At first glance, he was a fine figure of a man. Even the butcher knife buried in the middle of his chest didn’t seriously detract from his good looks. But that corpse, nude except for a pair of mismatched socks–and the butcher knife , of course–is trouble with a capital T for Leroy MacPherson, in whose wheat field the body is dumped, and rest of his extended family. It’s also trouble for the opponents of the nuclear waste depository the DOE plans to build in the Texas Panhandle. The victim is Charlton Price-Leigh III, whose job it is–or was–to persuade local residents that burying radioactive waste in their backyards presented very little danger. That’s not what MacPhearson and his neighbors believe, and its not what attorney John Lloyd Branson believes either. When John Lloyd and his legal clerk, Lydia Fairchild, take on MacPhearson’s defense, they find themselves entangled in a series of deceptions. Whatever they see, whatever a witness says, can not be trusted. Even the victim cannot be trusted.
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“Meredith’s books are recognized for their taut plotting, reader-involving characters and crisp dialogue; they are also noted for their ingenious assortment of methods by which some of her creations are in. Using information collected by the Nuclear Waste Task Force and. . .Serious Texans Against Nuclear Dumping, as well as published DOE reports, Meredith paints a bleak picture of what she calls a “blueprint for disaster.”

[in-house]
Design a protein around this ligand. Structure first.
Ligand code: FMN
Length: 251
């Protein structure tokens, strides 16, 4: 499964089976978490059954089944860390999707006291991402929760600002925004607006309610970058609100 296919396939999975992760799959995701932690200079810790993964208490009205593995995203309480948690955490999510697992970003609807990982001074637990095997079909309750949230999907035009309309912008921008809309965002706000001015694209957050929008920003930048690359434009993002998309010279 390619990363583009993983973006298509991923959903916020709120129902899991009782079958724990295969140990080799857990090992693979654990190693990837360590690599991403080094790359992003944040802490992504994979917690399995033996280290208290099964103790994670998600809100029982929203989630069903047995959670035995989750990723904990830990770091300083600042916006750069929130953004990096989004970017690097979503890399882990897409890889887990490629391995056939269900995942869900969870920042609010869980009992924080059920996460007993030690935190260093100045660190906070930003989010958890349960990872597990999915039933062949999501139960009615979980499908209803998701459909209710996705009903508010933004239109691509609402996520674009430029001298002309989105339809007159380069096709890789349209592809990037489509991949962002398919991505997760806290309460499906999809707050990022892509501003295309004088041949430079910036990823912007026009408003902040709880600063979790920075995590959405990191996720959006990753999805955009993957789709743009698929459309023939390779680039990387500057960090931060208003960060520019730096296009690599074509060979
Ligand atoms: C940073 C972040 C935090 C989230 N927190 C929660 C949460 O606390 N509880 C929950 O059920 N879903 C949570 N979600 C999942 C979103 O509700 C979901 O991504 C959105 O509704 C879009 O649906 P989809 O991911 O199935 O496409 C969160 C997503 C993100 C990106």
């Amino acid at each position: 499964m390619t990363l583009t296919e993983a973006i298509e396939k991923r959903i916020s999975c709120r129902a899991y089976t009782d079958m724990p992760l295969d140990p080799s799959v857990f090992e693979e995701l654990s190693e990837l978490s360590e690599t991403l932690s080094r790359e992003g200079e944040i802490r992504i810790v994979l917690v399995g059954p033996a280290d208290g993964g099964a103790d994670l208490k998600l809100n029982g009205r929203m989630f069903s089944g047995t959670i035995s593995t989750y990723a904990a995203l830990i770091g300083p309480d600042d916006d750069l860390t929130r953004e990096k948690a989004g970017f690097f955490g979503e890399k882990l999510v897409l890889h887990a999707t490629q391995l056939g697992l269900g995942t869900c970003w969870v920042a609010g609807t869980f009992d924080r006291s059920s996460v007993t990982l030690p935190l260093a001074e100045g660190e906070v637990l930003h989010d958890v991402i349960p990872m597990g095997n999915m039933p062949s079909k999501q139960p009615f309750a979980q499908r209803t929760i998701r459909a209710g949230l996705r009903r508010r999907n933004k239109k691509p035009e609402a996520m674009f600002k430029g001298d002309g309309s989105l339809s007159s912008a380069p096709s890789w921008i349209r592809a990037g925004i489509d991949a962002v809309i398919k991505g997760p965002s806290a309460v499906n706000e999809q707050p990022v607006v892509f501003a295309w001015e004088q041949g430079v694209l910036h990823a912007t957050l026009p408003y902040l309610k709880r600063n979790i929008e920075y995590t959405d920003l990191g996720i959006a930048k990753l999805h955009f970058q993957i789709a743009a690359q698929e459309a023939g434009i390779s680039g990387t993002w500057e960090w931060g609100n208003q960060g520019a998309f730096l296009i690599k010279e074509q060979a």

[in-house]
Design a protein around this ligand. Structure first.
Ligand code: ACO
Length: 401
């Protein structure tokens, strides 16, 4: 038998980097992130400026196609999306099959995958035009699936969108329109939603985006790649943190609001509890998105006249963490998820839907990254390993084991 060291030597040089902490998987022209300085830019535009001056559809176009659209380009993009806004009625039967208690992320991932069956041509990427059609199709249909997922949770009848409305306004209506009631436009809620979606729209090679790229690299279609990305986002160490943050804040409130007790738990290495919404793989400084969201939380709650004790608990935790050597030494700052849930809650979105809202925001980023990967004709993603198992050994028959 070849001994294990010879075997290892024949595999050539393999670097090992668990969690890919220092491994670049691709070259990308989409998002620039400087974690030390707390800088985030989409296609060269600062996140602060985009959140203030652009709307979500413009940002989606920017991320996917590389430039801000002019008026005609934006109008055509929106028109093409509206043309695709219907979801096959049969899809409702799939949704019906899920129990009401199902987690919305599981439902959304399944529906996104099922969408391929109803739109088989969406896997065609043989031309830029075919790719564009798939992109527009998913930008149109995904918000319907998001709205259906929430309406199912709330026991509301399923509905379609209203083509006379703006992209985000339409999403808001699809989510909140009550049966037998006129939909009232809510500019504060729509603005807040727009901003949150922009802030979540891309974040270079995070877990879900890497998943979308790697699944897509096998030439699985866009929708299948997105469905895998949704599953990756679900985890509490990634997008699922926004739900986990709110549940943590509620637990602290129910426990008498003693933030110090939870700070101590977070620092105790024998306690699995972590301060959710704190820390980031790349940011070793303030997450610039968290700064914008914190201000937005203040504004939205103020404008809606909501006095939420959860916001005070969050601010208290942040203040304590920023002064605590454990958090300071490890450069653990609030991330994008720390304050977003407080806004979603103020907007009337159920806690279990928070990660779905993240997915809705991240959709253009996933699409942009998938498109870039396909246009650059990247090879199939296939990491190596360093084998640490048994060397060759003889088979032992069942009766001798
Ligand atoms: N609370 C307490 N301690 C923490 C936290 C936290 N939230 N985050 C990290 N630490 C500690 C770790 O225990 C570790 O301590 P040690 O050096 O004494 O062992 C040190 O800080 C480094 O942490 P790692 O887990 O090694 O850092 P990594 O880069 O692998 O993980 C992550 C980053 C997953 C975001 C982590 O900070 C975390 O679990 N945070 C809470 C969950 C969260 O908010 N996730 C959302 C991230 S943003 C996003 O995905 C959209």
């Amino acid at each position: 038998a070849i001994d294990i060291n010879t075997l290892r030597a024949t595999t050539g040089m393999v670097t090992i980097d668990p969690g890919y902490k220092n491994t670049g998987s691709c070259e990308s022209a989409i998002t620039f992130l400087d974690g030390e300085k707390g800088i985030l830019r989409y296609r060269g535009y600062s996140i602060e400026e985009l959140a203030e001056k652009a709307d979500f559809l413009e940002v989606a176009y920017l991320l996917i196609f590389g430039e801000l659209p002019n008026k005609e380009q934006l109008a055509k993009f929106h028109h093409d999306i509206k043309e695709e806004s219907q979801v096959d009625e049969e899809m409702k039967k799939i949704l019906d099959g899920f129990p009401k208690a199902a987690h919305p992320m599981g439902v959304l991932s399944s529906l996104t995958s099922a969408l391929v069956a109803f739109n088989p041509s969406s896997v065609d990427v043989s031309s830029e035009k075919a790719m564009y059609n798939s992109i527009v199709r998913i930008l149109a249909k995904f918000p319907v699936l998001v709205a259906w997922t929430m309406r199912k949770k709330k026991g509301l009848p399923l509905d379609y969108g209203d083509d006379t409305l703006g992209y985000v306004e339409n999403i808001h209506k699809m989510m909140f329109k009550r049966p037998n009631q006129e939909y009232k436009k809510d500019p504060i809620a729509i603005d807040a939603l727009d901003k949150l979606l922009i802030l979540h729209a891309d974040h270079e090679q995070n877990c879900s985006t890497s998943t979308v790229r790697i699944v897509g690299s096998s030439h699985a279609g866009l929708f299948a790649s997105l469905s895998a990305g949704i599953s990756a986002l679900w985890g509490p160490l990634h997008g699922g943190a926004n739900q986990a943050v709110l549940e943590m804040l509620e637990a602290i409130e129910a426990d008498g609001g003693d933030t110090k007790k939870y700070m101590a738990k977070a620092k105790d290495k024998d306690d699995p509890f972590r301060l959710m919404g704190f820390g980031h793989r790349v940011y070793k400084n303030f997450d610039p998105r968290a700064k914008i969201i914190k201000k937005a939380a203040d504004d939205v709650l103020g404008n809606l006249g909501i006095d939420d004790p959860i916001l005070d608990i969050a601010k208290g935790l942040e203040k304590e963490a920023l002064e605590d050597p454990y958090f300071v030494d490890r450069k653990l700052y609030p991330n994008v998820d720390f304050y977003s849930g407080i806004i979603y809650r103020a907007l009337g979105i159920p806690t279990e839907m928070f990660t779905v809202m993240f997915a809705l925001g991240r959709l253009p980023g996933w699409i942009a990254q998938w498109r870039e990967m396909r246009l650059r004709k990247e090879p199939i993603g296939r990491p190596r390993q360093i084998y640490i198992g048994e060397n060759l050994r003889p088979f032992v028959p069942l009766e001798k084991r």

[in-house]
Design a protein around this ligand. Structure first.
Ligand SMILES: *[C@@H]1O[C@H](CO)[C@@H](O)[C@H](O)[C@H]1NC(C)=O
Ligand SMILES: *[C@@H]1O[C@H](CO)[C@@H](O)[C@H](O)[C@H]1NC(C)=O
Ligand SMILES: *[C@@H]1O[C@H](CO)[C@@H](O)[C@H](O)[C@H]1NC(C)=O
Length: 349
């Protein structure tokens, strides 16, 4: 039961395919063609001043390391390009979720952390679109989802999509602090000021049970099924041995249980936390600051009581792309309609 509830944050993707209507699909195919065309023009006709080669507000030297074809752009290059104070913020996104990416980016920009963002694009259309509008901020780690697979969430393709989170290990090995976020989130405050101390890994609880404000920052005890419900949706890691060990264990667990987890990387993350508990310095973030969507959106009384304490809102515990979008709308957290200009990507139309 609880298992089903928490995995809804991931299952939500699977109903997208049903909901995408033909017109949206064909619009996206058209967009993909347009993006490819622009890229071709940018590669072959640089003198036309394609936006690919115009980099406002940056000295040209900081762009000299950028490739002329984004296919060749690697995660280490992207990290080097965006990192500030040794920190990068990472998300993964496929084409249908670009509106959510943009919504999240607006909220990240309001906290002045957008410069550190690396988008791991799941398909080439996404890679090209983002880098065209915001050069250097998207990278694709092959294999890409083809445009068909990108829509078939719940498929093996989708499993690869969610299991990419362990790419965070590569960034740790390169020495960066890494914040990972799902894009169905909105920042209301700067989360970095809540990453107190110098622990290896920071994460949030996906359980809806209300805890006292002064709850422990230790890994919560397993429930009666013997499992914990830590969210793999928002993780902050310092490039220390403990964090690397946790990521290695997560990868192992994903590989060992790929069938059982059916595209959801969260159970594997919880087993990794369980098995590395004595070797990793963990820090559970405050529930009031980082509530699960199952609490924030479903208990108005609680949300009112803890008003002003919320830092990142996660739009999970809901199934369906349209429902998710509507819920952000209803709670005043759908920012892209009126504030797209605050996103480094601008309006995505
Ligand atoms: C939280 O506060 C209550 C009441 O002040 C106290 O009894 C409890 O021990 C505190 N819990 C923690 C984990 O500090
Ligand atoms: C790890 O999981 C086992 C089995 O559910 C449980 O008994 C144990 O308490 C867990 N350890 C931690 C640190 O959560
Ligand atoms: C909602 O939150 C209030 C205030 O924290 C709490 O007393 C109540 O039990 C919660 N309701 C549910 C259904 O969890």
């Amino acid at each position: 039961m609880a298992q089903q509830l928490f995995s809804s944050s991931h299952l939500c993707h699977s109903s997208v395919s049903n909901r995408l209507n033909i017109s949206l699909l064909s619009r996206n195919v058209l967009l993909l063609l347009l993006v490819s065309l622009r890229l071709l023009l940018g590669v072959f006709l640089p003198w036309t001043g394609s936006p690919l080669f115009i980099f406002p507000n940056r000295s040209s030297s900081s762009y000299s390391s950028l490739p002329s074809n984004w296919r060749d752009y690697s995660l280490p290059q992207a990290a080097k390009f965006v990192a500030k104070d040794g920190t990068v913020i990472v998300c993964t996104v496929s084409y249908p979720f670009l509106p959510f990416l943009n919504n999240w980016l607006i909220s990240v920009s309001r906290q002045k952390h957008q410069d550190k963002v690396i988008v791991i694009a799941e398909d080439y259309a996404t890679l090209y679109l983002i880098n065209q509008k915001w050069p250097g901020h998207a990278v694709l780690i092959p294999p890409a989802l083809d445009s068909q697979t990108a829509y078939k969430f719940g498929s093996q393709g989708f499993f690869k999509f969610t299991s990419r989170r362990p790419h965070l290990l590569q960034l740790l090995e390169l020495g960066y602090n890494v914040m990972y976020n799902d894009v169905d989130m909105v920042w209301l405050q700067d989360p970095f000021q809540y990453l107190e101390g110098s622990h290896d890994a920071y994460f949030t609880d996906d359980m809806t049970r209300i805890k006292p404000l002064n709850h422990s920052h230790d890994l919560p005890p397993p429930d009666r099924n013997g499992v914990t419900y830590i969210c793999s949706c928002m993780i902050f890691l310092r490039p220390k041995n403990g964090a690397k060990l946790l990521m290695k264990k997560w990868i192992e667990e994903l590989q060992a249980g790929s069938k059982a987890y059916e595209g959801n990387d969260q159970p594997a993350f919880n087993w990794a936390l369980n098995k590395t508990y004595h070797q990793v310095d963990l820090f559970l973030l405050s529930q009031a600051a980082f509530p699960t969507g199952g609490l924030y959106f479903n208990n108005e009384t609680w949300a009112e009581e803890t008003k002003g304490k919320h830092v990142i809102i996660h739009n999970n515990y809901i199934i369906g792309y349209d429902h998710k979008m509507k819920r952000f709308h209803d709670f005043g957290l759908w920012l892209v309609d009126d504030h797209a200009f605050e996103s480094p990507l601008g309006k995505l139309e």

Mystery Scene Magazine
“The first mystery I’ve seen in which the truth is more frightening than fiction, the only mystery I have ever read in which I felt that I might be one of the ultimate victims.”
“Meredith again demonstrates that sinister criminals and horrifying crime do not require London fog or New York streets to be exciting. . . Branson and his lovely assistant keep the action and humor flowing as the horror dances around the edges of the tale.”
Fort Worth Star-Telegram
“In her new book (Murder by Deception) Doris Meredith has written a mystery with a message, and I think most readers will find the message to be frightening. The book, on the other hand, is entertaining, which is what a mystery is supposed to be.”
Amarillo Globe News